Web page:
The objectives of this study were to determine the following: if the inclusion of 3TAA in the polymerization process would have an effect on the availability of binding sites in a high-surface area electrotextile for biorecognition elements; and how the increase in the concentration of 3TAA would affect the physical characteristics of the coating, resistivity of the sample and available number of binding sites. These factors were used to determine which of the tested concentrations was best for biosensor applications.

2. Experimental

2.1. Materials

Nonwoven polypropylene microfibers were obtained from North Carolina State Nonwovens Cooperative Research Institute. The fibers were formed into a spunbond fabric with regular periodic spot-melt points to create structural integrity across the fabric. The fibers were cut into circular discs with a diameter of 1.2 cm. They were coated with a doped conductive polypyrrole polymer. For the polymer synthesis, the monomer used was a 10% (v/v) pyrrole solution that was copolymerized with carboxylic acid functional 3TAA. The oxidant was iron (III) chloride (FeCl3). The polymer was doped using 5-sulfosalicylic acid (5SSA). Water was used as the reaction solvent. All of the polymerization chemicals were obtained from Sigma-Aldrich (St. Louis, MO, USA). Covalent attachment of fluorescein isothiocyanate (FITC) labeled avidin (Thermo Fisher Scientific, Waltham, MA, USA) was performed using N-(3-dimethylaminopropyl)-N’-ethylcarbodiimide hydrochloride (EDC) (Sigma-Aldrich) and N-hydroxysulfosuccinimide (sulfo-NHS) (Invitrogen, Carlsbad, CA, USA) with 50 mM 2-(N-morpholino)ethanesulfonic acid (MES) buffer, pH 6.0 (Thermo Fisher Scientific).

2.2. Synthesis

A previously published aqueous deposition process for the conductive and functional polymer coatings upon a polypropylene fiber matrix was used [11,14]. Polypropylene microfiber mats were briefly submerged in a solution of 10% pyrrole, 90% water and varying concentrations of 3TAA (concentrations of 0, 1, 10, 20, 50 or 100 mg/mL). The functionalized monomer was absorbed onto the fiber mat. The wet fiber sample was then removed from the solution and placed in a glass container for polymerization. FeCl3 (0.1 M, 10 mL) was added to the sample to initiate the chemical reaction, while a dopant, 5SSA (0.1 M, 1 mL), was simultaneously added. The fibers in solution were incubated at room temperature for 30 min with constant agitation, thereby ensuring that polymerization occurred on both sides of the mat. The nonwoven fiber sample was removed from the solution, gently rinsed on both sides with deionized (DI) water and dried at room temperature overnight.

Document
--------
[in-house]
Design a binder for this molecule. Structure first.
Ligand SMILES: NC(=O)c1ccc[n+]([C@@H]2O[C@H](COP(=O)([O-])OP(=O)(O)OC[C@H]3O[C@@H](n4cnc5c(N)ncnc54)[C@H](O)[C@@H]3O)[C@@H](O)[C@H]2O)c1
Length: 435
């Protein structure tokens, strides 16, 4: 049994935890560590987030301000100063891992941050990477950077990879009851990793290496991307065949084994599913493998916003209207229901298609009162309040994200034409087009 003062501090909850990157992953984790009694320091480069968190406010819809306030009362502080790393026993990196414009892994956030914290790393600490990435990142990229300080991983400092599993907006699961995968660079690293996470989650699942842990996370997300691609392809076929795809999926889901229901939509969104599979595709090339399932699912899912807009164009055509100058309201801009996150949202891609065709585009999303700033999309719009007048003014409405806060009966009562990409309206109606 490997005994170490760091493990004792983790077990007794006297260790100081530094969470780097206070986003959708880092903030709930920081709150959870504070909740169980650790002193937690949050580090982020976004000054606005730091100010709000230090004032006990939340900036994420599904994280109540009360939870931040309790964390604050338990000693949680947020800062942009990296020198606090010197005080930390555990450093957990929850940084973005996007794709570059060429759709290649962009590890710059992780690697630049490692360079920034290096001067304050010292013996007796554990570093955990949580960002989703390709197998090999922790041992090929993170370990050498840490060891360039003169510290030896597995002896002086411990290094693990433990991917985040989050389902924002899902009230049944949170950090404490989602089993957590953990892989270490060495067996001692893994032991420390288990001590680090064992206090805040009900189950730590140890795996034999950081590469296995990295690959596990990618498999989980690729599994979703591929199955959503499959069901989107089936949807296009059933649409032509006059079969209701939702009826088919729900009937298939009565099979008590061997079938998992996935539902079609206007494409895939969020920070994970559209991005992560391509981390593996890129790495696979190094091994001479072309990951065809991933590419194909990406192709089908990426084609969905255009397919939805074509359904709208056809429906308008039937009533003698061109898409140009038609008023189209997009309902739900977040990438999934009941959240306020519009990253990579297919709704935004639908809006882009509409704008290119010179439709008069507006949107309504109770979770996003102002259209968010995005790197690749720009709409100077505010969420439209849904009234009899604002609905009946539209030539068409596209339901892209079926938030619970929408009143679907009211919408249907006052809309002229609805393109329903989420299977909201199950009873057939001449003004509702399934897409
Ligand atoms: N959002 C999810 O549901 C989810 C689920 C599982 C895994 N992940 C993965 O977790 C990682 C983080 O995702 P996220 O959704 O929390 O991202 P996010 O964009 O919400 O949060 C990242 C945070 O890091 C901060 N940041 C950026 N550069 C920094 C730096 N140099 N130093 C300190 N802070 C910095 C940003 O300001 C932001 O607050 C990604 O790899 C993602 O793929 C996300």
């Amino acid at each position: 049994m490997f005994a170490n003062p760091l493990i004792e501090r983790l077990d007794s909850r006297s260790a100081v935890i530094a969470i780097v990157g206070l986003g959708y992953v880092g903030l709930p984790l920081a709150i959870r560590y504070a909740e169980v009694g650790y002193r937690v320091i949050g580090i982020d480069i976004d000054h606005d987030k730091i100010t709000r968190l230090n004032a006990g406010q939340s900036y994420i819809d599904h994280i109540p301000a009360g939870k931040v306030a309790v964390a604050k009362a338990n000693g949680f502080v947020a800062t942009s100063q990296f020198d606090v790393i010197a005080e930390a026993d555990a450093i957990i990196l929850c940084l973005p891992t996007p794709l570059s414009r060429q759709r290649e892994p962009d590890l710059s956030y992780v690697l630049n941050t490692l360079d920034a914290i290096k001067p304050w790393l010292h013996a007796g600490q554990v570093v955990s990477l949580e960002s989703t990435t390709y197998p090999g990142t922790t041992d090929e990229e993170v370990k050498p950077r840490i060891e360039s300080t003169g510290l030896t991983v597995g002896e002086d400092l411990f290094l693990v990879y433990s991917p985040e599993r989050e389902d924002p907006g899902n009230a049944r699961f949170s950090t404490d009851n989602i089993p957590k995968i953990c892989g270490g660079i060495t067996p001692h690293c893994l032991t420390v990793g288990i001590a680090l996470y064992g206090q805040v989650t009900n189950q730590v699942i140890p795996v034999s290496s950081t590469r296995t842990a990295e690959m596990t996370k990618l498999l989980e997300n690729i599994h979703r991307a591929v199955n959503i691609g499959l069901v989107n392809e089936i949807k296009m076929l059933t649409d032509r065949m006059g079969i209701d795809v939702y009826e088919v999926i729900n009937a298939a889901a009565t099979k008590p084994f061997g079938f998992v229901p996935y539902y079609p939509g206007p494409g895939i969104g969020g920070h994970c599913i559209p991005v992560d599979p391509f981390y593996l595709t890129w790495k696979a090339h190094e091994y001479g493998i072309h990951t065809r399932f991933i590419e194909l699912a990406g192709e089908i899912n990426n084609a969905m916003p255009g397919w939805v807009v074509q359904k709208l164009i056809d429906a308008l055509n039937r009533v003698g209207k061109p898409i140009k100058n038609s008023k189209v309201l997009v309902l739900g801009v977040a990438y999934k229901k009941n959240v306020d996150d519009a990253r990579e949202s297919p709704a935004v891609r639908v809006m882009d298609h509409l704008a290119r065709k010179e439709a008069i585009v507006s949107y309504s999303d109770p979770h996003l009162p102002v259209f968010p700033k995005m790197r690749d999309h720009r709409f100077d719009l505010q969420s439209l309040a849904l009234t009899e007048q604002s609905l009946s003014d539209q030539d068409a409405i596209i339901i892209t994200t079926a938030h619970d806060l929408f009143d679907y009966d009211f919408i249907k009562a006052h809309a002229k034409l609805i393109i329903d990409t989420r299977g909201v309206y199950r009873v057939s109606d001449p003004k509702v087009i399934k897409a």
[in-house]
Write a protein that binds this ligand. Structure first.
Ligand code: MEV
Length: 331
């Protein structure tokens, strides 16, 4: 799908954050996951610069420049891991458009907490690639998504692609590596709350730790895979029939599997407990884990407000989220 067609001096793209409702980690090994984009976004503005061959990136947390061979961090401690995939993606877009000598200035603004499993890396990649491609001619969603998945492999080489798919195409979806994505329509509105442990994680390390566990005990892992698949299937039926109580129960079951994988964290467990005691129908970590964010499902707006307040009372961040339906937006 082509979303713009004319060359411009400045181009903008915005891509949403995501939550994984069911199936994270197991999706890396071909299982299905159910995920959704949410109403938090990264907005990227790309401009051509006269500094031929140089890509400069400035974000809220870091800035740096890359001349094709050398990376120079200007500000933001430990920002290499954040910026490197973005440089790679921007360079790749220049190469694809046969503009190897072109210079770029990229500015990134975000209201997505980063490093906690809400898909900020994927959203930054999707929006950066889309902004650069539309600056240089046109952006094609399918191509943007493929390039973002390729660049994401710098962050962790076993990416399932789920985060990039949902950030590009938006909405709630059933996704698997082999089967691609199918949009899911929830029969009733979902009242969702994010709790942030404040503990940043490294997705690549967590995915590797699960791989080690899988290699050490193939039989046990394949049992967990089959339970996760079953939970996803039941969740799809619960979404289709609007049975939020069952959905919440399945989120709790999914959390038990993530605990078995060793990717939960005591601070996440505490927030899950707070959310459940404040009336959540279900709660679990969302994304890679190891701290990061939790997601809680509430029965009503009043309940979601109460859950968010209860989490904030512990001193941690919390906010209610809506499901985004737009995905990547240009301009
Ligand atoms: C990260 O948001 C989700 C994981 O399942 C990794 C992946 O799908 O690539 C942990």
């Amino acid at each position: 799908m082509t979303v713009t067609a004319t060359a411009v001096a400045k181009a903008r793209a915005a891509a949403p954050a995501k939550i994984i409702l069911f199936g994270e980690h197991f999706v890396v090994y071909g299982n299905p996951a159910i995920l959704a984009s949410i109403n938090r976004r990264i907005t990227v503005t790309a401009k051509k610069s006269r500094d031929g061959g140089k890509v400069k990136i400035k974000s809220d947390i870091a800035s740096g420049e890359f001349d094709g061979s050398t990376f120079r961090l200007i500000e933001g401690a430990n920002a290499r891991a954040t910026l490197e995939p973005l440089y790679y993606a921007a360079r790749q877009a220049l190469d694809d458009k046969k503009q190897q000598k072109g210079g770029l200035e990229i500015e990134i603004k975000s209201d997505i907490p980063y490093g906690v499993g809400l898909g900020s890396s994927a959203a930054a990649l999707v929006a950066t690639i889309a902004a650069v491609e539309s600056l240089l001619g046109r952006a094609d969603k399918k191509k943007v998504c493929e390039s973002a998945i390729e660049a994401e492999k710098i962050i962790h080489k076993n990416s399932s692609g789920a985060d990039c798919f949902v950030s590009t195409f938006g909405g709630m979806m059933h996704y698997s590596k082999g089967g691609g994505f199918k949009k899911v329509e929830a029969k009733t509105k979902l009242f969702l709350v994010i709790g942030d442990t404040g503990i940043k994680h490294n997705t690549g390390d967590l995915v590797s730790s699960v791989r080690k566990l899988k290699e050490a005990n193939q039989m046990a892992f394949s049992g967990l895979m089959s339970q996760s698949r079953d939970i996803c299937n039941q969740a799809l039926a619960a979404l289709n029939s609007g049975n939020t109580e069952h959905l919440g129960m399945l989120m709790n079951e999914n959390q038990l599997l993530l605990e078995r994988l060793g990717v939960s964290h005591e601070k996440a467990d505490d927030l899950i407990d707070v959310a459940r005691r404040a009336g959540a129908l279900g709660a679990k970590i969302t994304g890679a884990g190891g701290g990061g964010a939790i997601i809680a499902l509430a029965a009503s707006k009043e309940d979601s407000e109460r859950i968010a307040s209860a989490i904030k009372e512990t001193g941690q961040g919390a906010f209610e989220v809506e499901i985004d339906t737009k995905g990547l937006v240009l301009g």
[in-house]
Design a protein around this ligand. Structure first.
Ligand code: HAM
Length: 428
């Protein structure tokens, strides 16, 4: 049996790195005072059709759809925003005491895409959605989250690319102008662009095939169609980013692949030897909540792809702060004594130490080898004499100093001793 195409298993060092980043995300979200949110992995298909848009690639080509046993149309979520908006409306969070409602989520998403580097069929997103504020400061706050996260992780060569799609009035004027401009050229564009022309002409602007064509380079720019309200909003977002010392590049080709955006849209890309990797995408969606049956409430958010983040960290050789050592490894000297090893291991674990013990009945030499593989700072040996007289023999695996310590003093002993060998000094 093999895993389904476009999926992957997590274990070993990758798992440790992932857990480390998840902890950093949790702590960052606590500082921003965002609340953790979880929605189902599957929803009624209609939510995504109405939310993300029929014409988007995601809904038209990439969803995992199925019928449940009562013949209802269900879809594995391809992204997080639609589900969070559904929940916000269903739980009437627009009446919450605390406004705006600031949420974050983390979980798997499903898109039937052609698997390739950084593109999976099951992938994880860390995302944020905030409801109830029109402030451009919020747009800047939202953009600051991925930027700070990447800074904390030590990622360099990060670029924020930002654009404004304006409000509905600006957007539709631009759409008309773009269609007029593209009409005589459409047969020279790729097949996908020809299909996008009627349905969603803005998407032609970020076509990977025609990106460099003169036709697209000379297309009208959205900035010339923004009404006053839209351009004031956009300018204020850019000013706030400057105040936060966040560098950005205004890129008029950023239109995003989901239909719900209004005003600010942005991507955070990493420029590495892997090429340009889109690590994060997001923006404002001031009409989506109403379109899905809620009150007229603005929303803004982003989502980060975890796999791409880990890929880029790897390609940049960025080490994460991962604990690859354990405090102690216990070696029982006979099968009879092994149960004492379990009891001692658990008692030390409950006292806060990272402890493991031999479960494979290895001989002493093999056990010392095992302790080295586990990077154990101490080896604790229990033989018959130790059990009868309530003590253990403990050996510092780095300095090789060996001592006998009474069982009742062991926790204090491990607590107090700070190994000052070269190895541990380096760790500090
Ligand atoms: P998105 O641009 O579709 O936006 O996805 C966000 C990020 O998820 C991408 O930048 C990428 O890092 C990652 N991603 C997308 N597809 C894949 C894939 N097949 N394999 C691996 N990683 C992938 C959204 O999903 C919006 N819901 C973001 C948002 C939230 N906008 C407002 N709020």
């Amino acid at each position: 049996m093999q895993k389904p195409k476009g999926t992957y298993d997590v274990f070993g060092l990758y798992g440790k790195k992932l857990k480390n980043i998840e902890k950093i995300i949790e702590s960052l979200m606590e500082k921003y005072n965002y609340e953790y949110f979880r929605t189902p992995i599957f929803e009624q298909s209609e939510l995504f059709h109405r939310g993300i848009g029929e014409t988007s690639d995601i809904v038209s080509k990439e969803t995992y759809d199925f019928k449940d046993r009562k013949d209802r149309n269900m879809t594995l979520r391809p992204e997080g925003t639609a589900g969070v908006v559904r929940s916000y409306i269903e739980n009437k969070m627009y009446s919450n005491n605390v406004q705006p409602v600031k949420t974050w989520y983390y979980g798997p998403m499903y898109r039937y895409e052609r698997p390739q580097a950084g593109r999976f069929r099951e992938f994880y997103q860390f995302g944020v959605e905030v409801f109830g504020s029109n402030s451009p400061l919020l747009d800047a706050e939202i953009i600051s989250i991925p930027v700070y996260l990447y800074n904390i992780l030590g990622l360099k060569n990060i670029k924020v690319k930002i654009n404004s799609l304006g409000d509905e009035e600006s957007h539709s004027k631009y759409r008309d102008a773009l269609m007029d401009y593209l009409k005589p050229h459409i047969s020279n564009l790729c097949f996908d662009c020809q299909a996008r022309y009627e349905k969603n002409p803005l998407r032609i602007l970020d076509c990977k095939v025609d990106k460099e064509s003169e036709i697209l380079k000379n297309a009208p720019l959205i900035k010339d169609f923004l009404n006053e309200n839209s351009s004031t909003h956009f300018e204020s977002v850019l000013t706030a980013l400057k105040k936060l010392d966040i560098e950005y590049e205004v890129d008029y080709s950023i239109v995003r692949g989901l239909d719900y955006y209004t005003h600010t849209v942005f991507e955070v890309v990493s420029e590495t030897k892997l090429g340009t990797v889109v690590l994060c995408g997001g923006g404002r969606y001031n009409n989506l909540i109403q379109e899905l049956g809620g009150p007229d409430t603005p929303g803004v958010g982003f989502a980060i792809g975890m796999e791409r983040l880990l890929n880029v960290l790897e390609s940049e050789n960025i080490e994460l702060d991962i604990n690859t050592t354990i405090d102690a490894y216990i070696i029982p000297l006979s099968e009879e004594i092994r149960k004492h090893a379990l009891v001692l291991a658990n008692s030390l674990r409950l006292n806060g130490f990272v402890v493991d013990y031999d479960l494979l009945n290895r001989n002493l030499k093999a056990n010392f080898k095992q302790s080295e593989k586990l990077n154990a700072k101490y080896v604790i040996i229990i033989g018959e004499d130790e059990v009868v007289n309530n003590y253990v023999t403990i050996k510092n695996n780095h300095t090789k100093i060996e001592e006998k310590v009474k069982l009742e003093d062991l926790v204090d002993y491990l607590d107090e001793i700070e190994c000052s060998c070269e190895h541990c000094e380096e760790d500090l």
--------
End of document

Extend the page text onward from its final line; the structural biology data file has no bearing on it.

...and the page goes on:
2.3. Characterizations

Five different methods were used to analyze the effect of the concentration of 3TAA: scanning electron microscopy (SEM) was conducted for a visual assessment, energy dispersive spectroscopy (EDS) was used to determine elemental weight percentages, Fourier transform infrared spectroscopy (FTIR) was used to monitor changes in the C–O stretching band for the carboxylate unit, resistivity measurements were taken across a cross section of the fiber membranes and fluorescence measurements were taken after FITC-avidin was covalently bound to the functional sites.

2.3.1. Scanning Electron Microscopy and Energy Dispersive Spectroscopy

A visual assessment was conducted using scanning electron microscopy. Energy dispersive spectroscopy was used to determine elemental weight percentages. The samples were gold sputter coated and imaged with a Zeiss EVO 60 scanning electron microscope fitted with an EDS attachment (Carl Zeiss Microscopy, LLC, Thornwood, NY, USA). Pictures of each sample were taken at 100× and 5,000× magnification. EDS measurements were performed with 102.4 µs amp time for 500 counts at magnifications of 100×.

2.3.2. FTIR Analysis

FTIR spectra for the samples were obtained by measuring the coated fiber membranes using a Nicolet 6700 FT-IR Spectrometer (Thermo Scientific, Lanham, MD, USA). Triplicate readings were taken for each sample and averaged to obtain the sample spectrum.

2.3.3. Electrical Resistivity

Resistivity measurements were taken of the fiber membranes using a four point probe (Pro-4, Signatone, Gilroy, CA, USA) and a Keithley 2400 Sourcemeter (Keithley Instruments, Cleveland, OH, USA). Triplicate readings of 3 samples per concentration of 3TAA for a total of 9 measurements per sample were taken for each sample. Dixon’s Q test was used to identify and reject outliers using a 99% confidence level. The measured resistivity values were then averaged to obtain the reported sample resistivities.

2.3.4. Avidin Attachment and Fluorescent Output

Fluorescein isothiocyanate labeled avidin (FITC-avidin) was attached to the functionalized membranes through EDC/Sulfo-NHS crosslinking. The discs were washed with DI water and left to dry for 10 min at room temperature. A volume of 200 µL of EDC and Sulfo-NHS in MES buffer was added to each disc and left to react with gentle agitation for 15 min. The discs were then washed twice with MES buffer. A volume of 250 µL of FITC-avidin was added to each disc and reacted with gentle agitation for 4 h. The discs were washed with MES buffer and, then, washed in triplicate with phosphate buffered saline (PBS). The samples were read using a Fluoroskan Ascent microplate fluorometer (Thermo Scientific) and measured for fluorescence at an excitation wavelength of 490 nm. Emission was measured at 535 nm. Triplicate readings were taken for each sample and averaged to obtain an average fluorescent output value.